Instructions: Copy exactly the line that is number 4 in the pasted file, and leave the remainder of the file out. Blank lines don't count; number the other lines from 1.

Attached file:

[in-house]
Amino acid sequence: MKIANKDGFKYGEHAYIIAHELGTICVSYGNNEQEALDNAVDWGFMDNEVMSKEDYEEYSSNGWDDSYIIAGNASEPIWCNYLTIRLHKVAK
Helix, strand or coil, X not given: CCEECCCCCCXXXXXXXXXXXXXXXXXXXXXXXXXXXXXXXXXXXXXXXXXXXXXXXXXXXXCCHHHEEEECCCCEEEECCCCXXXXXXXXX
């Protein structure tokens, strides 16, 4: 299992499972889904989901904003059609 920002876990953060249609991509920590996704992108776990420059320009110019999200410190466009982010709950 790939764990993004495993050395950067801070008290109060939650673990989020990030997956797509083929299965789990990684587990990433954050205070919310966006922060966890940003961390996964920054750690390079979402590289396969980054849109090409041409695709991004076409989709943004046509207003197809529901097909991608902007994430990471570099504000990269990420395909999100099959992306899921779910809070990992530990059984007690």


């Protein structure tokens, strides 16, 4: 299992499972889904989901904003059609 920002876990953060249609991509920590996704992108776990420059320009110019999200410190466009982010709950 790939764990993004495993050395950067801070008290109060939650673990989020990030997956797509083929299965789990990684587990990433954050205070919310966006922060966890940003961390996964920054750690390079979402590289396969980054849109090409041409695709991004076409989709943004046509207003197809529901097909991608902007994430990471570099504000990269990420395909999100099959992306899921779910809070990992530990059984007690």